Less Than One In Five Patients Are Aware Of Services Available To Them, Accenture Survey Finds
Once informed, 58 percent of patients use them and 79 percent rate those services as valuable
When patients are aware of therapeutic services, nearly six out of 10 of those surveyed use them (58 percent), and nearly eight in 10 (79 percent) perceive the services as extremely or very valuable, a new survey by Accenture reveals. Yet, less than one in five patients (19 percent) are aware these programs even exist.
The survey Patient Services: Pharma’s Best Kept Secret of 10,000 patients in five countries and across seven therapeutic areas reveals the extent of unmet patient needs across a patient’s care journey. Results show patient awareness is low across all therapeutic areas, ranging from 18 percent for bones, lung and heart conditions, to 21 percent for cancer and immune diseases.
The survey also revealed that patients want more help and guidance before they begin treatment for a disease, with their greatest frustration being lack of notification of being “at risk” for a condition. Nearly two-thirds of the survey respondents (65 percent) said that pre-treatment is the most frustrating period of the patient journey, while 34 percent of patients surveyed cited frustration with the lack of knowledge that they might be at risk of a condition before they experience symptoms. This percentage rose to 44 percent of patients surveyed with immune diseases.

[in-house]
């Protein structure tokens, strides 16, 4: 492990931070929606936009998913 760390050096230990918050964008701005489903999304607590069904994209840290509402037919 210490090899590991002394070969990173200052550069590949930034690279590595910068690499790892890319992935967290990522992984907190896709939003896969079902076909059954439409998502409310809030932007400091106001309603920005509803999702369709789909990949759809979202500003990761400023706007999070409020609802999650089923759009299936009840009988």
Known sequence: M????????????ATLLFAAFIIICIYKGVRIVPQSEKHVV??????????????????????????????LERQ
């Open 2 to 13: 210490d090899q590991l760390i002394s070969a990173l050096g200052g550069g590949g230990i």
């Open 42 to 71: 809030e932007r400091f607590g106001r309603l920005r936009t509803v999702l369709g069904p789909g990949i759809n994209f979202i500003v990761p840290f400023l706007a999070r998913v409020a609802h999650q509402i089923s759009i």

“These findings show there is a significant opportunity for pharmaceutical companies to improve their impact in healthcare by raising patient awareness of value-added services throughout a patient’s care journey,” said Tony Romito, managing director Accenture, Life Sciences. “By identifying at risk patients earlier and then understanding and addressing their needs before being treated for a condition, pharmaceutical companies have the opportunity to work with the broader healthcare system to provide treatment that could mitigate the advancement of their condition.”
The findings also showed that patients want a health care professionals such as doctors, specialists, nurses or pharmacists, to be the primary source of information for what services are recommended to manage their health, and many consider digital channels as primary sources to receive services. A large majority of patients (87 percent) say they want one point of contact to help them manage their health, and 85 percent want that single point of contact to be their healthcare professionals. Only one percent said they want pharmaceutical companies to be their primary point of contact.
“Most pharmaceutical companies today have not prioritized messaging around patient services to healthcare professionals and instead have focused messaging on areas such as clinical efficacy, safety, and access. With less than one in five patients aware of patient services, these survey results indicate investments in providing information and access to patient services should be revisited,” said Romito.